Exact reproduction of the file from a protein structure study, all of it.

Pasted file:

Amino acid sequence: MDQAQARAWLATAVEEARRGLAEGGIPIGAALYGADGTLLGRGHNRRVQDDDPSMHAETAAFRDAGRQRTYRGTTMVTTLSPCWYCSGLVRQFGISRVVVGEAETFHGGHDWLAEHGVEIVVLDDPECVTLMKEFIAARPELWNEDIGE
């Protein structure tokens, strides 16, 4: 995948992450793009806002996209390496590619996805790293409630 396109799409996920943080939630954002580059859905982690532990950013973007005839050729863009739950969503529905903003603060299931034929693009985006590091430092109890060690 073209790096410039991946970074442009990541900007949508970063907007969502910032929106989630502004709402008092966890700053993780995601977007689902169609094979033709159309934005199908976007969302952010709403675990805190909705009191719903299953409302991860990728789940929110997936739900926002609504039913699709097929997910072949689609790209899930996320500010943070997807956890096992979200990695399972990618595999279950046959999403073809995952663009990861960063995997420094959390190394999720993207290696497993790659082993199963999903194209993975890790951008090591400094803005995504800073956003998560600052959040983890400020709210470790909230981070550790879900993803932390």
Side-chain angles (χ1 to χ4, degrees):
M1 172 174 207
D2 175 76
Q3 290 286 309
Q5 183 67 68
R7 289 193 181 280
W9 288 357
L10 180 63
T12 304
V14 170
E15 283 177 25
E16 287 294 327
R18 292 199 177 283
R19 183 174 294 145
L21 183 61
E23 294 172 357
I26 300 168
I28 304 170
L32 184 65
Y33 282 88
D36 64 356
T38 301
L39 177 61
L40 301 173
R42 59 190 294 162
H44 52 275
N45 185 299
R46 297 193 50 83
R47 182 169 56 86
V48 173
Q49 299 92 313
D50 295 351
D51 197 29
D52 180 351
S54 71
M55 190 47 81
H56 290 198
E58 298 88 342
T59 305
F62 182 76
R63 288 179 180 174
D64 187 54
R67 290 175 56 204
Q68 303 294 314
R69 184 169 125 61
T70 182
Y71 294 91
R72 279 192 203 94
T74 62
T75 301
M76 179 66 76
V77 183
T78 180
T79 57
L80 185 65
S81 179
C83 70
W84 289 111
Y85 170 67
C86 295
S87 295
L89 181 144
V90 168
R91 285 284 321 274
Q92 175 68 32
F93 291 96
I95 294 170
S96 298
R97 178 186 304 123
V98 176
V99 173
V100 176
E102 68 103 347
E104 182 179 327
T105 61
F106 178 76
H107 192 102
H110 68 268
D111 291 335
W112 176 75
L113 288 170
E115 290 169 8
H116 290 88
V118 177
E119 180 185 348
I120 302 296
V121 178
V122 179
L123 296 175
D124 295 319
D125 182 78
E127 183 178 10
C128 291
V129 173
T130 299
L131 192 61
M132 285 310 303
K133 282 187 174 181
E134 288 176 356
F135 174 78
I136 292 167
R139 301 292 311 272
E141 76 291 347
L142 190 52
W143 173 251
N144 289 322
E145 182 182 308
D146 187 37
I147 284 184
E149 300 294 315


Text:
Amino acid sequence: MDQAQARAWLATAVEEARRGLAEGGIPIGAALYGADGTLLGRGHNRRVQDDDPSMHAETAAFRDAGRQRTYRGTTMVTTLSPCWYCSGLVRQFGISRVVVGEAETFHGGHDWLAEHGVEIVVLDDPECVTLMKEFIAARPELWNEDIGE
């Protein structure tokens, strides 16, 4: 995948992450793009806002996209390496590619996805790293409630 396109799409996920943080939630954002580059859905982690532990950013973007005839050729863009739950969503529905903003603060299931034929693009985006590091430092109890060690 073209790096410039991946970074442009990541900007949508970063907007969502910032929106989630502004709402008092966890700053993780995601977007689902169609094979033709159309934005199908976007969302952010709403675990805190909705009191719903299953409302991860990728789940929110997936739900926002609504039913699709097929997910072949689609790209899930996320500010943070997807956890096992979200990695399972990618595999279950046959999403073809995952663009990861960063995997420094959390190394999720993207290696497993790659082993199963999903194209993975890790951008090591400094803005995504800073956003998560600052959040983890400020709210470790909230981070550790879900993803932390």
Side-chain angles (χ1 to χ4, degrees):
M1 172 174 207
D2 175 76
Q3 290 286 309
Q5 183 67 68
R7 289 193 181 280
W9 288 357
L10 180 63
T12 304
V14 170
E15 283 177 25
E16 287 294 327
R18 292 199 177 283
R19 183 174 294 145
L21 183 61
E23 294 172 357
I26 300 168
I28 304 170
L32 184 65
Y33 282 88
D36 64 356
T38 301
L39 177 61
L40 301 173
R42 59 190 294 162
H44 52 275
N45 185 299
R46 297 193 50 83
R47 182 169 56 86
V48 173
Q49 299 92 313
D50 295 351
D51 197 29
D52 180 351
S54 71
M55 190 47 81
H56 290 198
E58 298 88 342
T59 305
F62 182 76
R63 288 179 180 174
D64 187 54
R67 290 175 56 204
Q68 303 294 314
R69 184 169 125 61
T70 182
Y71 294 91
R72 279 192 203 94
T74 62
T75 301
M76 179 66 76
V77 183
T78 180
T79 57
L80 185 65
S81 179
C83 70
W84 289 111
Y85 170 67
C86 295
S87 295
L89 181 144
V90 168
R91 285 284 321 274
Q92 175 68 32
F93 291 96
I95 294 170
S96 298
R97 178 186 304 123
V98 176
V99 173
V100 176
E102 68 103 347
E104 182 179 327
T105 61
F106 178 76
H107 192 102
H110 68 268
D111 291 335
W112 176 75
L113 288 170
E115 290 169 8
H116 290 88
V118 177
E119 180 185 348
I120 302 296
V121 178
V122 179
L123 296 175
D124 295 319
D125 182 78
E127 183 178 10
C128 291
V129 173
T130 299
L131 192 61
M132 285 310 303
K133 282 187 174 181
E134 288 176 356
F135 174 78
I136 292 167
R139 301 292 311 272
E141 76 291 347
L142 190 52
W143 173 251
N144 289 322
E145 182 182 308
D146 187 37
I147 284 184
E149 300 294 315